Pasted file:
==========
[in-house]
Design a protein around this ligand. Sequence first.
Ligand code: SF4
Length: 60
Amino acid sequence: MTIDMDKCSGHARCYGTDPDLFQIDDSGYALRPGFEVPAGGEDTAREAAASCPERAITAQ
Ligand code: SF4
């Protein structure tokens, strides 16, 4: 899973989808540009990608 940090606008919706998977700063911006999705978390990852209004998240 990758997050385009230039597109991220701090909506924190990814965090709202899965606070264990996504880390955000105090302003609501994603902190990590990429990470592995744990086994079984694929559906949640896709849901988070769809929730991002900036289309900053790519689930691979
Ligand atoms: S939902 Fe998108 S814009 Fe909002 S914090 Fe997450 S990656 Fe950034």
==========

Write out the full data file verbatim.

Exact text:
[in-house]
Design a protein around this ligand. Sequence first.
Ligand code: SF4
Length: 60
Amino acid sequence: MTIDMDKCSGHARCYGTDPDLFQIDDSGYALRPGFEVPAGGEDTAREAAASCPERAITAQ
Ligand code: SF4
């Protein structure tokens, strides 16, 4: 899973989808540009990608 940090606008919706998977700063911006999705978390990852209004998240 990758997050385009230039597109991220701090909506924190990814965090709202899965606070264990996504880390955000105090302003609501994603902190990590990429990470592995744990086994079984694929559906949640896709849901988070769809929730991002900036289309900053790519689930691979
Ligand atoms: S939902 Fe998108 S814009 Fe909002 S914090 Fe997450 S990656 Fe950034």